The tale of Judge Brett Cullum met his mother is nothing at all like a sitcom.
Our reviews of How I Met Your Mother: Season Two (published November 7th, 2007), How I Met Your Mother: Season Three (published October 29th, 2008), How I Met Your Mother: Season Four (Blu-Ray) (published October 7th, 2009), How I Met Your Mother: Season Five (published October 14th, 2010), How I Met Your Mother: Season Six (published October 5th, 2011), and How I Met Your Mother: Season Seven (published October 13th, 2012) are also available.
Barney (to a random woman in a bar): Have you met Ted? (shoves Ted in her direction while leaving)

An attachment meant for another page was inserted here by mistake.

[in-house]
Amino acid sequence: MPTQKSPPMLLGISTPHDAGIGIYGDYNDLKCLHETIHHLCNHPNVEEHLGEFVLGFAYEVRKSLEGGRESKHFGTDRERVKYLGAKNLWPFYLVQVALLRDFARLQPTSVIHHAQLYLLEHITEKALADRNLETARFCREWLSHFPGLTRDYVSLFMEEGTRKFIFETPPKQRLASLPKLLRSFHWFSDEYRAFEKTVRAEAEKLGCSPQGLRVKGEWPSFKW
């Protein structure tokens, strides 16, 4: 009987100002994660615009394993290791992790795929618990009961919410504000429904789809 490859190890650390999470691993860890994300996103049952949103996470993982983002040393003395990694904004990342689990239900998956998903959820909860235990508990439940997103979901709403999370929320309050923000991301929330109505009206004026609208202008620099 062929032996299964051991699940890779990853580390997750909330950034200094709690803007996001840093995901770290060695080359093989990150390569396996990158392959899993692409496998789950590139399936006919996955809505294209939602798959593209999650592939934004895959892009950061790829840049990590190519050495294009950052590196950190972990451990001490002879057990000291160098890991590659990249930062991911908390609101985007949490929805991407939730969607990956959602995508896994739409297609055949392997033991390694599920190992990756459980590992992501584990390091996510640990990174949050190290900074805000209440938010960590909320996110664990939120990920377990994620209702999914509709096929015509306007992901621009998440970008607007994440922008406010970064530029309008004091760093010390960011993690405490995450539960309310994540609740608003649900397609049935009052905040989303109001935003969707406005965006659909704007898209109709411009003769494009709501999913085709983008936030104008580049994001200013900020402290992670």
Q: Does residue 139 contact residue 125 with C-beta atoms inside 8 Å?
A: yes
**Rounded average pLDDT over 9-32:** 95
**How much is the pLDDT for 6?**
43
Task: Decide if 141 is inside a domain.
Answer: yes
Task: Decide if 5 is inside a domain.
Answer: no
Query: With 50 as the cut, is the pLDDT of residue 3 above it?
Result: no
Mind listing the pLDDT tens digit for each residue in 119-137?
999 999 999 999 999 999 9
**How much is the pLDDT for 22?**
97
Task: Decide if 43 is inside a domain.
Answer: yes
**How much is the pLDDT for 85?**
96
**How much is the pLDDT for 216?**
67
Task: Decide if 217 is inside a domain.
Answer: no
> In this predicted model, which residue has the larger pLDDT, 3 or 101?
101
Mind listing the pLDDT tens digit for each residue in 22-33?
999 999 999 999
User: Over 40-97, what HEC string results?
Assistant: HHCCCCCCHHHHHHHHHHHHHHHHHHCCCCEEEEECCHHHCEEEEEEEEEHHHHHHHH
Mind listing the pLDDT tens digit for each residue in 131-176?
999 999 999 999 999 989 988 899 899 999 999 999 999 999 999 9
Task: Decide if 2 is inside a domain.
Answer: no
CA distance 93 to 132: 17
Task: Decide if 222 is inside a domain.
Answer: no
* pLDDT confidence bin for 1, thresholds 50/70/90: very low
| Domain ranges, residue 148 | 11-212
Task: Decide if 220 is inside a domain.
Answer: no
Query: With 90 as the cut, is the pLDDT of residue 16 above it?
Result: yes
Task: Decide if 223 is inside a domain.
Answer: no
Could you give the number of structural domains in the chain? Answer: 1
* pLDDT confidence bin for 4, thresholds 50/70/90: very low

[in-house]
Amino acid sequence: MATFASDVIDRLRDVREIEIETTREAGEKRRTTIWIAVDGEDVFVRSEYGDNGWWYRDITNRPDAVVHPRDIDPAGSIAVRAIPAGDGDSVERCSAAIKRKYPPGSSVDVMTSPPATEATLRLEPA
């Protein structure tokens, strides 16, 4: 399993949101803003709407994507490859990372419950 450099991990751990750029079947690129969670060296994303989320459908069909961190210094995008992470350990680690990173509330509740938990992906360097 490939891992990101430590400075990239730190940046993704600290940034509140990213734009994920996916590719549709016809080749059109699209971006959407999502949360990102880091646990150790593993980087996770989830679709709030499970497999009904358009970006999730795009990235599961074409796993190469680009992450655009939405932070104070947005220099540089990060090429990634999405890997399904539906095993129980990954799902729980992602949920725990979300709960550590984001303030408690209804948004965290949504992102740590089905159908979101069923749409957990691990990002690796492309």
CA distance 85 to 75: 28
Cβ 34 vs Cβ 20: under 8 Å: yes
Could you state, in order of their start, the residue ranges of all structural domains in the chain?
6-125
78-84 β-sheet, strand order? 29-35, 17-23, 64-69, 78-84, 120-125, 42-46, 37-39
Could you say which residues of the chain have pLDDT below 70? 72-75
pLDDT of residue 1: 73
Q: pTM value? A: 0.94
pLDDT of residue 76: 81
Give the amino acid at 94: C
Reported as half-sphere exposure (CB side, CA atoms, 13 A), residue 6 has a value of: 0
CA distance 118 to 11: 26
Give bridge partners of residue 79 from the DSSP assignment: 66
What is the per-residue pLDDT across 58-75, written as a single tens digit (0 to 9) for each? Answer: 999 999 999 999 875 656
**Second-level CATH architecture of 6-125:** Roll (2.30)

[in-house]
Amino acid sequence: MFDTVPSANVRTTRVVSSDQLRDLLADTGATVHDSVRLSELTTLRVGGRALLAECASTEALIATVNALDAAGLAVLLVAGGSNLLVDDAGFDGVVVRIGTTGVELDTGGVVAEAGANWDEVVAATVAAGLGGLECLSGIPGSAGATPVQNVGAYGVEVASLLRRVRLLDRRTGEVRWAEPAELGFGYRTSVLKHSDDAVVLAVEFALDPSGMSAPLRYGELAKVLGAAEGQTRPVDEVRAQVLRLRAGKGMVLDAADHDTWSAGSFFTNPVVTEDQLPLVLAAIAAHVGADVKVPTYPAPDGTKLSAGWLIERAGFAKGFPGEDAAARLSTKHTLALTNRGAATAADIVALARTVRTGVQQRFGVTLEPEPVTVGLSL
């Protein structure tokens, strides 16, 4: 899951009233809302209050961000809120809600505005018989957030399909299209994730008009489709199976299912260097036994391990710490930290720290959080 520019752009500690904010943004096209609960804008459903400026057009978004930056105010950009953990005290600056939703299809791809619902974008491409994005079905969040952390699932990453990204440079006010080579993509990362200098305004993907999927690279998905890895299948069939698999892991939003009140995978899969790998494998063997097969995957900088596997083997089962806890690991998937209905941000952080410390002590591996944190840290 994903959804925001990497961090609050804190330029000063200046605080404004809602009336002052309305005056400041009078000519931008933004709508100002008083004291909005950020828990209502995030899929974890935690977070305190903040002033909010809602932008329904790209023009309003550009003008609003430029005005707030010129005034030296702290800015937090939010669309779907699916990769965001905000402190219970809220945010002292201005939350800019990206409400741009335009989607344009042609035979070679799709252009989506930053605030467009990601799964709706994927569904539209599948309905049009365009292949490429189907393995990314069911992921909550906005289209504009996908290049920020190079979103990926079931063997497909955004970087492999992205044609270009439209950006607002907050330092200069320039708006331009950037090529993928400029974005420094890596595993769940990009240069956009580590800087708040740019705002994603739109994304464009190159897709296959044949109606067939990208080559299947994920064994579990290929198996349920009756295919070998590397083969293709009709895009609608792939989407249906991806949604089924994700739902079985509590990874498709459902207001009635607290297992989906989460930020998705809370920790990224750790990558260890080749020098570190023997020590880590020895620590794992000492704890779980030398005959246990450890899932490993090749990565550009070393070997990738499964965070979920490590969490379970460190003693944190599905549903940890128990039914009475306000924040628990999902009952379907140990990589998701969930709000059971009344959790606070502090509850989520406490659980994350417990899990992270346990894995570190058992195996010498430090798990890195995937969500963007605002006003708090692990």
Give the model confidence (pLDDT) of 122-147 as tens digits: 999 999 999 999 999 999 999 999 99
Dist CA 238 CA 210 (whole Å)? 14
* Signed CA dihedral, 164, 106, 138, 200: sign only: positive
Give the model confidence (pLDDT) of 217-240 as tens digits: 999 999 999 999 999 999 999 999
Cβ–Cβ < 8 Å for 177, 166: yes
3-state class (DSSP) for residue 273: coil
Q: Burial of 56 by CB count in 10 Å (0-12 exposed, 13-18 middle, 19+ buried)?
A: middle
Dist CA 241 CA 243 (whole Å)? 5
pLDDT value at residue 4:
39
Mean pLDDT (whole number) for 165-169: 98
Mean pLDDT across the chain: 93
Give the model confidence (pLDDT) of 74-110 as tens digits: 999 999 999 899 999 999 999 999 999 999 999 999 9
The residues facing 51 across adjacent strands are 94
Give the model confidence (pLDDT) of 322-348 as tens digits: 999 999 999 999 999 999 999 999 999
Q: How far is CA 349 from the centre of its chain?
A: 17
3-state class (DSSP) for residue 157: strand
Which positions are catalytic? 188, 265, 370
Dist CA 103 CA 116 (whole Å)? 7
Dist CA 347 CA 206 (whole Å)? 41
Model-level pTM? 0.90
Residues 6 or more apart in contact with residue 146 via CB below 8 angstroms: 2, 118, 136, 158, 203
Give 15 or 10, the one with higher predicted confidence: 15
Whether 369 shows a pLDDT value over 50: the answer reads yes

Familiar yet quirky, How I Met Your Mother is a huggable breakout sitcom hit for CBS. It's a show that resurrects the careers of Neil Patrick Harris and Alyson Hannigan who both provide memorable characters backed up with natural comic timing. Romantic comedy was never this likable, as we watch the story of a great coupling with a narrator from the future telling his kids how he met his spouse. This likable series makes for a sweet compilation to add to your DVD collection, but there's a technical hitch that might make fans concerned they're only seeing part of the picture with the release of How I Met Your Mother: Season One.
Facts of the Case
Five friends live, laugh, and love in New York City. They're young, neurotic, and rent impossibly huge apartments for not being affluent trust fund babies or lottery winners. They hang out in a common place, a bar where they all kvetch about their misadventures. How I Met Your Mother sounds like a direct descendent of Friends. Homage or rip-off? You decide. Yet there are elements that differentiate this series to make it charming.